1. What kind of a lint catcher did you use? I've got a nylon stocking attached to the end of the drain hose, which drains into one of those old washing tub sinks... and I've got a screen over the sink drain because inevitably the nylon ruptures long before I think it should and floods the entire sink with lint... It's an imperfect system to say the least, so if there's something better out there I'd LOVE to know about it!

  14. Nice work! I know the US seems to have more of these problems than here in Australia - I think a lot of our sewerage systems are newer. I was so embarrassed to clog a friend's toilet in Cincinnati, but she was fine with it!

    I was chuffed after damaging the dry wall and the paint work the day of the agent was visiting - by the next visit, I'd borrowed my parents spackle and then used the spare paint in the laundry to paint the 'hole'. I proudly pointed this out - I want to be seen as a good renter! I used to care for my own home, so I learnt lots of skills that way.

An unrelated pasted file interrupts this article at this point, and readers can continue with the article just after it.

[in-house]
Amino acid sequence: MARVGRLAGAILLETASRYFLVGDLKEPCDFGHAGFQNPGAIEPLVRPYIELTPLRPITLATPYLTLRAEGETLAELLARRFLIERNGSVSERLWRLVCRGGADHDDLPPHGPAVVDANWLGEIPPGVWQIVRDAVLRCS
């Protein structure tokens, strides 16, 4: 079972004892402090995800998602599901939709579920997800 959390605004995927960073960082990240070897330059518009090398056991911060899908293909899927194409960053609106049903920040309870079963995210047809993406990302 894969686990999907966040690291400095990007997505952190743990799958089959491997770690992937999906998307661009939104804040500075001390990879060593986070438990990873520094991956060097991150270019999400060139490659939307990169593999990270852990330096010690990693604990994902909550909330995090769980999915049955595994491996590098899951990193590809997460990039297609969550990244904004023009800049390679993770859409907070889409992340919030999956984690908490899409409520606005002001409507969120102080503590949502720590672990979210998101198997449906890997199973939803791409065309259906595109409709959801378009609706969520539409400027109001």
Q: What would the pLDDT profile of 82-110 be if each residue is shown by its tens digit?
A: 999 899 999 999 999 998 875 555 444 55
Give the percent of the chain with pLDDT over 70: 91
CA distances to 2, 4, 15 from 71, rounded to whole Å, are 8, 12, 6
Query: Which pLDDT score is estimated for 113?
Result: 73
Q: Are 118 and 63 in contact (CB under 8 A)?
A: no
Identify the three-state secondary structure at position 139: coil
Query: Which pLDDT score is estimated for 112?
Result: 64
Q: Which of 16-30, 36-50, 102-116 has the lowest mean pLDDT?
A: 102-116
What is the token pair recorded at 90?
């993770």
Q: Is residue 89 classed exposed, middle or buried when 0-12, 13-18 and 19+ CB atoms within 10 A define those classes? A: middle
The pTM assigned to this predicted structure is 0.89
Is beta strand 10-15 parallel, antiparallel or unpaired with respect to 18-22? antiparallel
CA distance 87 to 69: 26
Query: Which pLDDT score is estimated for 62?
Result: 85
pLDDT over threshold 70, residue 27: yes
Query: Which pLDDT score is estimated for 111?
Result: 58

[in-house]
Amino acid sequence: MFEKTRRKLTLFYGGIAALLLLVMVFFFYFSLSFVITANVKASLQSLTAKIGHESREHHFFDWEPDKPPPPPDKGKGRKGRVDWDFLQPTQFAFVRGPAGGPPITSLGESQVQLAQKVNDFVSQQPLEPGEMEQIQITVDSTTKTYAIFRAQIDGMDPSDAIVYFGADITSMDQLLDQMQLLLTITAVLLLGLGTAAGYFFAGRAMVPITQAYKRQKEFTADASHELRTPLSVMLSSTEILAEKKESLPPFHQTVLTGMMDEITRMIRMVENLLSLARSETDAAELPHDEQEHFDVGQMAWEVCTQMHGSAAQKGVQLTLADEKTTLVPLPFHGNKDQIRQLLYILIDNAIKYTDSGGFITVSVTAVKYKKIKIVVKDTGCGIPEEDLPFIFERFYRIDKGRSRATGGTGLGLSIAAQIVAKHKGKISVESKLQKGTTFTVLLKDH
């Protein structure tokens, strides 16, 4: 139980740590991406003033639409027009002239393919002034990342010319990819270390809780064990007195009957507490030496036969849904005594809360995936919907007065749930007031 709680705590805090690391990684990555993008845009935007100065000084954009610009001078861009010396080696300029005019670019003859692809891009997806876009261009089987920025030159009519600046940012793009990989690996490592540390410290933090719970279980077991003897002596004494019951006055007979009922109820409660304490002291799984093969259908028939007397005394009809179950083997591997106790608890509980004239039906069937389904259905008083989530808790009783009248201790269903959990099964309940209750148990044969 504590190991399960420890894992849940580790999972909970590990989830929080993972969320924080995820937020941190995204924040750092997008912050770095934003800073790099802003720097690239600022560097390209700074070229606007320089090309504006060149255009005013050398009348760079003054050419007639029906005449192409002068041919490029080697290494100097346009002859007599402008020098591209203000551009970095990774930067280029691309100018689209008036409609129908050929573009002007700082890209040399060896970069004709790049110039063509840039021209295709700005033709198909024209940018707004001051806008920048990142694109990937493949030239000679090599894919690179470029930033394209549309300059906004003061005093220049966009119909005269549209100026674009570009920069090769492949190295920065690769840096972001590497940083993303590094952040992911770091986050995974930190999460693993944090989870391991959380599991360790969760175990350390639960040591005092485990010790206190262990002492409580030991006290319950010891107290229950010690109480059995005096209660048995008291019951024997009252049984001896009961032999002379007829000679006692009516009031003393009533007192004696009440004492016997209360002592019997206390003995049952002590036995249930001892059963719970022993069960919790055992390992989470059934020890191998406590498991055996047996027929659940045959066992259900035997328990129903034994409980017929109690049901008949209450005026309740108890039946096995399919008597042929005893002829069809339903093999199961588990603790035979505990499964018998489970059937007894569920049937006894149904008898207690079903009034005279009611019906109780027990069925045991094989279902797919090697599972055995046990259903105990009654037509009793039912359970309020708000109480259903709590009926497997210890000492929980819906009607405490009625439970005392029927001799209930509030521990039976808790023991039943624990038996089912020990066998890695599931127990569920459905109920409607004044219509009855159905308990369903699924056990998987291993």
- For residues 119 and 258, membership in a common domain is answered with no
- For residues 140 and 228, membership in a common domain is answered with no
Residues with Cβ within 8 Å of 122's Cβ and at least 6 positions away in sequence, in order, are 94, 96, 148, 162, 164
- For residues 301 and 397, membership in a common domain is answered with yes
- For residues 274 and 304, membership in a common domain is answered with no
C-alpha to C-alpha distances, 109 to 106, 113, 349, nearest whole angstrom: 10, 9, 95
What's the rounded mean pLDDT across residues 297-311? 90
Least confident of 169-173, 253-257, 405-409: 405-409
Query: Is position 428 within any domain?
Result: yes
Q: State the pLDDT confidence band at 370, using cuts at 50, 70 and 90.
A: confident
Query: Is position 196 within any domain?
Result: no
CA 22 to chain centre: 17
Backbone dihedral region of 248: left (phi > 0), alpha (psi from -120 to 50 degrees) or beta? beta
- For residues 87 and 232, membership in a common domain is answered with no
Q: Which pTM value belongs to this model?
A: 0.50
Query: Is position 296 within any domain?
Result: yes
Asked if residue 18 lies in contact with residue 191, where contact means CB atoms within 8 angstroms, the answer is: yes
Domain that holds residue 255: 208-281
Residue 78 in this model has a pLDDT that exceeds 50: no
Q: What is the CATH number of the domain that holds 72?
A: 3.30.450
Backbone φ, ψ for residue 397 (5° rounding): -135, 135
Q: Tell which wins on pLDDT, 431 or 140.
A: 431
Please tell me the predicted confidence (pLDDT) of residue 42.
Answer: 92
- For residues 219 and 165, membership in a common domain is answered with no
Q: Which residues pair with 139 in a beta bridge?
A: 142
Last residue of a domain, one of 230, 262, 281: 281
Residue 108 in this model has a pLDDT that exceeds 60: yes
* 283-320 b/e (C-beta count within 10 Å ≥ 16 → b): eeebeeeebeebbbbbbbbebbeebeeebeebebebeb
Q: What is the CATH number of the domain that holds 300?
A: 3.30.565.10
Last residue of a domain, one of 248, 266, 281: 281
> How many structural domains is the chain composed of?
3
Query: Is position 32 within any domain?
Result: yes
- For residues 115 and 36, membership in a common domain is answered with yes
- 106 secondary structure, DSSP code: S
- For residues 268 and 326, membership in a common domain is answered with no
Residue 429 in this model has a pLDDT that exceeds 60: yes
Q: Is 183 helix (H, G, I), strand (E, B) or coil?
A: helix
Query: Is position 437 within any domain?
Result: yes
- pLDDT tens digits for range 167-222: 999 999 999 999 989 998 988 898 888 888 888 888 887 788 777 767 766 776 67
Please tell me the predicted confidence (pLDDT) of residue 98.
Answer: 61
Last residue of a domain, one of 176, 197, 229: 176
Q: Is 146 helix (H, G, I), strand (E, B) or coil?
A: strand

1. My house is about 60 years old and it's in one of those neighborhoods where nothing has been updated since it was all built just after WWII. We still have original phone lines, electrical and everything. There are plenty of older neighborhoods, but most are wealthier so the infrastructure has been rebuilt. Sigh.

      But... learning to DIY can really save a bundle when it comes to owning a home! Thanks so much for visiting!